Prayer is communication with God. It is the intentional act of speaking to and listening to the Creator of the Universe (God). Because prayer is an act of worship, prayer can only be directed to God. You cannot and must not pray to anyone or anything other than God. A Christian may ask a fellow believer to pray for them, but a Christian never prays to a fellow believer (living or dead). Prayer is with God alone.

Access Provided by God

Prayer is possible because Jesus Christ has reconciled you with God (2 Cor 5:18). Jesus has provided the satisfactory sacrifice (1 John 4:10) for our sins. Jesus is the One who provides peace between us and God and access to God (Rom 5:1-2). Hebrews 4:16 tells us that through Jesus Christ, “let us approach the throne of grace with boldness, so that we may receive mercy and find grace to help us in time of need.” Through Jesus Christ, we have complete access to the Father in prayer.

Prompted by God

Christians’ prayers are “in the Spirit” (Eph 6:18). In other words, our prayers must be led by the Spirit who “helps us in our weakness [and who] intercedes for us with unspoken groanings” (Rom 8:26). Praying in the Spirit (1 Cor 14:15, Eph 6:18, & Jude 1:20) has less to do with what words you say than the attitude of your prayers. Praying in the Spirit is a humble declaration of your dependence on Him each day. It is also a recognition that the Spirit of God is preserving us. Don’t despair if you don’t know what to pray or how to pray. Confess to God your need and He will help you through the Spirit.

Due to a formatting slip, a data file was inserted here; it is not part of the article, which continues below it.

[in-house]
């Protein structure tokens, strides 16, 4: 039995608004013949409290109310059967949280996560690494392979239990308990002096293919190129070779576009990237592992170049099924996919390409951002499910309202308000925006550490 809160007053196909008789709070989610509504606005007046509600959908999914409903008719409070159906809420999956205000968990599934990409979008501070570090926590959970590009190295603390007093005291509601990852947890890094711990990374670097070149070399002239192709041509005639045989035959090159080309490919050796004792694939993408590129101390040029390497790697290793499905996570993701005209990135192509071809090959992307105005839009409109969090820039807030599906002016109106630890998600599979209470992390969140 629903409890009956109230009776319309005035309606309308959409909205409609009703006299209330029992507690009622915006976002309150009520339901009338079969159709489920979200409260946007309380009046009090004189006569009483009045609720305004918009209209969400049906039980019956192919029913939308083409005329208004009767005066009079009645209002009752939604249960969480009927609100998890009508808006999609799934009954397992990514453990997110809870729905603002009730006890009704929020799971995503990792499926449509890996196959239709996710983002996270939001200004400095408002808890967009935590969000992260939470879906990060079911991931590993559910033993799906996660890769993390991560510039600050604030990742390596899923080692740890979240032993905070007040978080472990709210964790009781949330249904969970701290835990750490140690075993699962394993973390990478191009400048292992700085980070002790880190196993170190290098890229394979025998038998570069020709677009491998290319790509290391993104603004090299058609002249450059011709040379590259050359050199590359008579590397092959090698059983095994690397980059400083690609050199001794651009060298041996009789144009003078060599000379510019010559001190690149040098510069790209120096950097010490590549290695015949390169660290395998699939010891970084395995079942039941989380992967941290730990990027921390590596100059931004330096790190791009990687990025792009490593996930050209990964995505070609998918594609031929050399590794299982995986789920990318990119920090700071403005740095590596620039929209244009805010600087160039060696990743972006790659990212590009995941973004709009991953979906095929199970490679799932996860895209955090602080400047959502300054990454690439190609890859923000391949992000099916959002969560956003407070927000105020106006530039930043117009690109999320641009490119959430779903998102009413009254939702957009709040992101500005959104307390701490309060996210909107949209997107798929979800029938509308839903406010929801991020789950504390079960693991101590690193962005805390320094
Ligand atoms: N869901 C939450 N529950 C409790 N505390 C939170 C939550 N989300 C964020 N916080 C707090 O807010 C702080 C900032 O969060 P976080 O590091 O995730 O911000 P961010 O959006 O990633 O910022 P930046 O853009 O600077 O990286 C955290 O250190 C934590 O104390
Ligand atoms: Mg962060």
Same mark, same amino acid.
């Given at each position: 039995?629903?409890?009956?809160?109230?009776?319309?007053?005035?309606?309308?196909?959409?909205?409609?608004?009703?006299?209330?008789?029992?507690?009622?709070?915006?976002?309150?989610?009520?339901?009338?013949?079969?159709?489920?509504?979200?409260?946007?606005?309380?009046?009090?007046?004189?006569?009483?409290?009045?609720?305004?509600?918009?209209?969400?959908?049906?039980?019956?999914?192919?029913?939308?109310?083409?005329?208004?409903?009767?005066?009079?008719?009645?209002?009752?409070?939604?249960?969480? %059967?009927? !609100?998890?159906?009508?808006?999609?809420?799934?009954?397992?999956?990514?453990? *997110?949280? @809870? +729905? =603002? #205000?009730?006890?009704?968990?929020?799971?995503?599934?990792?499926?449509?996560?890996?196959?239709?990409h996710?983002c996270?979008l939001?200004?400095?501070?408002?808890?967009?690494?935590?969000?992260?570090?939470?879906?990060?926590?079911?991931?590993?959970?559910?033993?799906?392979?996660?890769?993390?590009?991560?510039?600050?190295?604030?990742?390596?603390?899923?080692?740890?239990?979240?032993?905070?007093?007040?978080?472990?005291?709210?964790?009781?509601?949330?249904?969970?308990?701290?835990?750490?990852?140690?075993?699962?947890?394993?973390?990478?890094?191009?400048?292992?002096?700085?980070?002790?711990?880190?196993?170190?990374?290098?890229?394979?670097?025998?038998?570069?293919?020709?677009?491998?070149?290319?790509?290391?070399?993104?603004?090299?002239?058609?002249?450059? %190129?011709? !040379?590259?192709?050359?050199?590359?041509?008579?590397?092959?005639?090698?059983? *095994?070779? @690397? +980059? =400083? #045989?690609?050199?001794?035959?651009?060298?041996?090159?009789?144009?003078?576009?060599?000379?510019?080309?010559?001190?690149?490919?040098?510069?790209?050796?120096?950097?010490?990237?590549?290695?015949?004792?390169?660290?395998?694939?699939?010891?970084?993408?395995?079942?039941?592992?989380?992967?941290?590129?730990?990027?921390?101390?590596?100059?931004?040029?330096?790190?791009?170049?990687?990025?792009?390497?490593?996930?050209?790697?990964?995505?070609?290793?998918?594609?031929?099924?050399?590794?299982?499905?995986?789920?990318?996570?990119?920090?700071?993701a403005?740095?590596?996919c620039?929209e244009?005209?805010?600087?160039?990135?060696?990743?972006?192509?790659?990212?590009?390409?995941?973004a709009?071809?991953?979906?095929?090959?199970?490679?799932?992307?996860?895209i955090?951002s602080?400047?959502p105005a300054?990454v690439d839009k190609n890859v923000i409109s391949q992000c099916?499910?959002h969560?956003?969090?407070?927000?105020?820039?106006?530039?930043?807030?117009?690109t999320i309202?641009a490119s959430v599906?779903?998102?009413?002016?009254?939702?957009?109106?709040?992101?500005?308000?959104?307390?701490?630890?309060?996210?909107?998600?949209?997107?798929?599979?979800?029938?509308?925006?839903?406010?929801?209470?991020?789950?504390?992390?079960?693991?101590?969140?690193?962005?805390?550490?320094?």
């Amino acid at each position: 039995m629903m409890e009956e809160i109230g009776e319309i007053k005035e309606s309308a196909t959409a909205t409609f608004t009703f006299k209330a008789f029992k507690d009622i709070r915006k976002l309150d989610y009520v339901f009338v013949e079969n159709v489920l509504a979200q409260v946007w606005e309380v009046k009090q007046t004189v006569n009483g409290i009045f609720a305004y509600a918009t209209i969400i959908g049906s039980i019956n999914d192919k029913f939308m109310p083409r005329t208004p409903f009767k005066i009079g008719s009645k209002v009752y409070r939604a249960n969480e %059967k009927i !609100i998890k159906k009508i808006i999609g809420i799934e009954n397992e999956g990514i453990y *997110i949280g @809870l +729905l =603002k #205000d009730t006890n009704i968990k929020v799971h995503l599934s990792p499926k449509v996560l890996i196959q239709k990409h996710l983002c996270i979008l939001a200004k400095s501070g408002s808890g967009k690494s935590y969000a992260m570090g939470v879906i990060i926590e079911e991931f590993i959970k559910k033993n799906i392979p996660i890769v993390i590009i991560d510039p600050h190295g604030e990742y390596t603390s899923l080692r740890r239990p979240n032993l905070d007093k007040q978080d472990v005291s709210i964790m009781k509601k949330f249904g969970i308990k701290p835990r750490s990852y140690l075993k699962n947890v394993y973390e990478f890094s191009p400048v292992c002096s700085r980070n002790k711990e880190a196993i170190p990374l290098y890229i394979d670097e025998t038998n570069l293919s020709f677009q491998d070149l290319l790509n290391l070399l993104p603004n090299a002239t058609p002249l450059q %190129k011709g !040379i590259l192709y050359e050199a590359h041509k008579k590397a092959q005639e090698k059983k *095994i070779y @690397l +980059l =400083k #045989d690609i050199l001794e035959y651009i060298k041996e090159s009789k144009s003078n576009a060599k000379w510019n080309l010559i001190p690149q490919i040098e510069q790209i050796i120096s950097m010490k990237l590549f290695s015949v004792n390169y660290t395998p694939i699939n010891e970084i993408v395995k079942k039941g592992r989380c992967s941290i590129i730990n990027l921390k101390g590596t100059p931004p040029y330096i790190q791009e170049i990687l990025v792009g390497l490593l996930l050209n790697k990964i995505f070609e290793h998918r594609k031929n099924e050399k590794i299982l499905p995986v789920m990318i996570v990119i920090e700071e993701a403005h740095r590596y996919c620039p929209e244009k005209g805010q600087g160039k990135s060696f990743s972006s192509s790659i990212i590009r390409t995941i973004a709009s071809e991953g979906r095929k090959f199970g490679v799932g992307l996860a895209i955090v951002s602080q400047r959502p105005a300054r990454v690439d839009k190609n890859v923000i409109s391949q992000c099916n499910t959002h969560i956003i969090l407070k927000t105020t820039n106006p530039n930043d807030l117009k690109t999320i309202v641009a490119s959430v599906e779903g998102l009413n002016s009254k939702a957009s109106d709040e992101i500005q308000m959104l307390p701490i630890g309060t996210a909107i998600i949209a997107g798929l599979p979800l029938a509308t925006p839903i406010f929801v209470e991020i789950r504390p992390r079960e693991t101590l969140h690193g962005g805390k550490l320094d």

How Do We Pray?

In prayer we ask God for what we need (Matt 7:11), but it is far more than just asking God for things. Remember, prayer is an act of worship and is an important means by which God makes us more like Jesus Christ. There is no spiritual growth apart from prayer. Prayer is a time for aligning ourselves to God and His will. Since prayer is an act of worship, the content of our prayer should be on the worship of God and what we need to appropriately worship Him.

The focus of our prayers should be God and not ourselves. We give God praise and thank Him. We ask for what we need in order to carry out our good works. We should “pray constantly” (1 Thess 5:17). This involves both private and public prayer. We need to pray in our “private room” (Matt 7:6) without distraction. We need to pray in “every place” (1 Tim 2:8) with and for one another. We should pray shamelessly (Luke 11:8), persistently (Luke 11:9), and expectantly (Luke 11:10).